Many corporate trustees have been concerned about what happens when the U.S. Dollar LIBOR (“LIBOR”) cessation finally occurs (now set for June 30, 2023 for 1-month, 3-month, 6-month and 12-month USD LIBOR settings, among others). There appeared to be some relief on April 6, 2021 when LIBOR legislation was signed into law in New York state (the “NY LIBOR Legislation”), which is designed to facilitate a smooth transition to alternative benchmark rates. Promulgation of the NY LIBOR Legislation was motivated by uncertainty surrounding the future of some $223 trillion in contracts and financial products pegged to LIBOR as of the end of 2020, many of which are governed by New York law and do not contain fallback provisions to transition to an alternate benchmark upon the cessation of LIBOR.
While the NY LIBOR Legislation, on its face, appears to be an effective stopgap measure, the Trust Indenture Act of 1939 (the “TIA”), specifically Section 316(b) of the TIA, raises questions about the enforceability of the NY LIBOR Legislation under the TIA. Specifically, although the NY LIBOR Legislation provides some clarity for indenture trustees who are troubled about governing documents, including indentures, that are silent about LIBOR cessation, the NY LIBOR Legislation simultaneously triggers concerns under TIA Section 316(b), reminiscent of some of the issues highlighted in the 2017 decision of the Second Circuit Court of Appeals in Marblegate Asset Management, LLC v. Education Management Finance Corp. (“Marblegate”).
In broad terms, the NY LIBOR Legislation provides that, in the case of many New York law-governed contracts that reference LIBOR and that do not have adequate fallback provisions to determine what happens when LIBOR ceases (“Legacy Contracts”), a new “benchmark rate” recommended by the appropriate authorities (e.g., the Secured Overnight Financing Rate (“SOFR”)) will, by operation of law, be used for such contracts in lieu of LIBOR.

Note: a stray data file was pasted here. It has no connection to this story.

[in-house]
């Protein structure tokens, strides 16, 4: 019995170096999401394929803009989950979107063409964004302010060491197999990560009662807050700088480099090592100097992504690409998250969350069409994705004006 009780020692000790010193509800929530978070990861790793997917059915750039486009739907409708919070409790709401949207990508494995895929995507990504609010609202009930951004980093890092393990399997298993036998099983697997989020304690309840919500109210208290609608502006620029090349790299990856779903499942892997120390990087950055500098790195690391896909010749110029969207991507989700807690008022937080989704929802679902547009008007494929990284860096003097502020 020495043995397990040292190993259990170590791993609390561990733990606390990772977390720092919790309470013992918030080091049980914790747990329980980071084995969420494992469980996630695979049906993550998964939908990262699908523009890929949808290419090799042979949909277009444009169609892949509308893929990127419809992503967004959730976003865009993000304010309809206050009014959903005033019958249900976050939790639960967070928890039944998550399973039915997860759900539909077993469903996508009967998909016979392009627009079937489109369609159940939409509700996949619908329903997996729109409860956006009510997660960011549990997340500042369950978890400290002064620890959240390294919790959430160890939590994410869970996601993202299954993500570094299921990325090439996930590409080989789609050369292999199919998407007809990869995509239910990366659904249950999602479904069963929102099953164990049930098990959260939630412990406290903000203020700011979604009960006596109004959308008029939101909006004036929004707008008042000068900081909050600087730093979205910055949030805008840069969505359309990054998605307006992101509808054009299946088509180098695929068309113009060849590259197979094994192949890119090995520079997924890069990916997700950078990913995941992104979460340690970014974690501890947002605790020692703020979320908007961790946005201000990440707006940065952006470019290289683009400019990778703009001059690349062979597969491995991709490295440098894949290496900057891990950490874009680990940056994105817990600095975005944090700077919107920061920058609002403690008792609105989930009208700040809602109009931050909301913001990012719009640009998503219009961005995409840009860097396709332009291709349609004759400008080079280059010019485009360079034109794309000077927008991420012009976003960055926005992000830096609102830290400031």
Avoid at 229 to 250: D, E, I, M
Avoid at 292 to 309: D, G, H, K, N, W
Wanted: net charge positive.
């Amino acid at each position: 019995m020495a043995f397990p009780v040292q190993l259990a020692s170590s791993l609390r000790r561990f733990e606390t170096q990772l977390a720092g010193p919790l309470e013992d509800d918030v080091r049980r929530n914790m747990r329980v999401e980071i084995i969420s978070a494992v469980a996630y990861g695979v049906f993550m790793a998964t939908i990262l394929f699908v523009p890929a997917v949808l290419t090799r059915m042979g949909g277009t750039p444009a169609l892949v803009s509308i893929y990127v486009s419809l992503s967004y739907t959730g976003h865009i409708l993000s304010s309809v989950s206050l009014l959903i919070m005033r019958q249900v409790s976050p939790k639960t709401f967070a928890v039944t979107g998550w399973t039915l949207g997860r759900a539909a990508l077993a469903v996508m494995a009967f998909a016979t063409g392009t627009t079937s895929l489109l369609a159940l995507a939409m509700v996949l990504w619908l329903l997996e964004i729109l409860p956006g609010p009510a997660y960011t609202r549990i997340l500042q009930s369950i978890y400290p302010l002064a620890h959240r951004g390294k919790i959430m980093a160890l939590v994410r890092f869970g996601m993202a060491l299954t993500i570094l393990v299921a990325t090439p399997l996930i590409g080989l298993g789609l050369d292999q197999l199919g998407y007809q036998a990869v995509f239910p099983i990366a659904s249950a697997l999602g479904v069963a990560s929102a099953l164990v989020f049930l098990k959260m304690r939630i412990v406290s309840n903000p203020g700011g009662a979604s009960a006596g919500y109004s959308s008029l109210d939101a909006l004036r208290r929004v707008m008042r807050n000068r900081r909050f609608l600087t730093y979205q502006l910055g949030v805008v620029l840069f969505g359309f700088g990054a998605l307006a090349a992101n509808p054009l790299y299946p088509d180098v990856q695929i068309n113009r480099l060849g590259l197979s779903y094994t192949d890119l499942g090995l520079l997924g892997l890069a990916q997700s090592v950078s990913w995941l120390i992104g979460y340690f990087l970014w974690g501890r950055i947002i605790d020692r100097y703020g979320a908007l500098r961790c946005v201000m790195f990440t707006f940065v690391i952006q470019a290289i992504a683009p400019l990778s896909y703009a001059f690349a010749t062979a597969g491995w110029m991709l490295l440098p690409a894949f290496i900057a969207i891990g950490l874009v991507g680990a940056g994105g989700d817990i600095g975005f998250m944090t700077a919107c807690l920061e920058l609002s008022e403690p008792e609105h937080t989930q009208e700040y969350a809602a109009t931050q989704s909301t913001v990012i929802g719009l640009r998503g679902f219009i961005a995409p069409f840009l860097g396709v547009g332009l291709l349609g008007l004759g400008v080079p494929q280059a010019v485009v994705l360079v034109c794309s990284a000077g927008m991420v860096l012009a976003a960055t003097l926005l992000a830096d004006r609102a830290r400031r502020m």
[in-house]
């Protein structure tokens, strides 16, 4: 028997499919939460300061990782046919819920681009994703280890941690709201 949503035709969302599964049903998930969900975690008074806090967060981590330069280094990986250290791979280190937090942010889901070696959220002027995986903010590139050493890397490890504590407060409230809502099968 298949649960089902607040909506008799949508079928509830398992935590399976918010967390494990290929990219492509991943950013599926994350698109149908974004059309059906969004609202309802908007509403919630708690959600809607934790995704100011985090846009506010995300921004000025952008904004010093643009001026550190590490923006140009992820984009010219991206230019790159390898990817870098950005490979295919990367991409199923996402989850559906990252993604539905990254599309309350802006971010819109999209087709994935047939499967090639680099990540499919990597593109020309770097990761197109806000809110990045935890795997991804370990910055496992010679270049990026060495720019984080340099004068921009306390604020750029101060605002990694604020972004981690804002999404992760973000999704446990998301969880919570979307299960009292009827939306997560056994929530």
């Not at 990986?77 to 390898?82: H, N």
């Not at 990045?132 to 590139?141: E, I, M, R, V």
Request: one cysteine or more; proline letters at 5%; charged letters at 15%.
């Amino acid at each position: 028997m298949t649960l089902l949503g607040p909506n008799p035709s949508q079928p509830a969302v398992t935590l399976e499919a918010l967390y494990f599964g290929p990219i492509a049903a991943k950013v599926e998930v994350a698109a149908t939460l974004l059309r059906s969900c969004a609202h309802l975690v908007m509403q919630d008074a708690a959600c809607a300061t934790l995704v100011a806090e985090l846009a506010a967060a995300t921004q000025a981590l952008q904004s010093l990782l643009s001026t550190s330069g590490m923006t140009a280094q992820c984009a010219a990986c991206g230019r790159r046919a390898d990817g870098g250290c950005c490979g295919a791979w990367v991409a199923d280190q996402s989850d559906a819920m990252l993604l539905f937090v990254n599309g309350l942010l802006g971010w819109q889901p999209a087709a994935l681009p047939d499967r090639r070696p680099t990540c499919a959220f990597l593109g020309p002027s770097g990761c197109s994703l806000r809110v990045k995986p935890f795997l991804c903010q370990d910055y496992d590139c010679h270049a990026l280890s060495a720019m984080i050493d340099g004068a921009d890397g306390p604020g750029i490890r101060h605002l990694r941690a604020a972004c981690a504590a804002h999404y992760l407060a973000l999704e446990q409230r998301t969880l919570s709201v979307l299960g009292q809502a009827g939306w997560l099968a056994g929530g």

Since New York law governs a majority of corporate indentures, as well as many other financing documents, the NY LIBOR Legislation will have a broad impact and cover many underlying securities and financings. In the case of indentures qualified under the TIA (and, to an extent, indentures which are not so qualified for private placement issues or municipal bonds, both of which often incorporate the TIA to varying degrees), TIA Section 316(b) provides that “the right of any holder of any indenture security to receive payment of the principal of and interest on such indenture security … shall not be impaired or affected without the consent of such holder.” Accordingly, if bondholders or other parties to financings are negatively impacted by the rate change (to SOFR or otherwise) under the NY LIBOR Legislation and challenge such a change as a violation of Section 316(b) (or the 316(b) analogous language), it is far from clear that the NY LIBOR Legislation would survive the challenge.
The New York City Bar Association (the “NYCBA”) issued a report supporting the NY LIBOR Legislation, in which it commented on the TIA issue. The NYCBA acknowledged the issue, supporting a minor amendment to the TIA and concluding that “… whether or not the TIA is amended … New York should proceed with a legislative solution that can be applied to the many transactions not subject to the TIA.”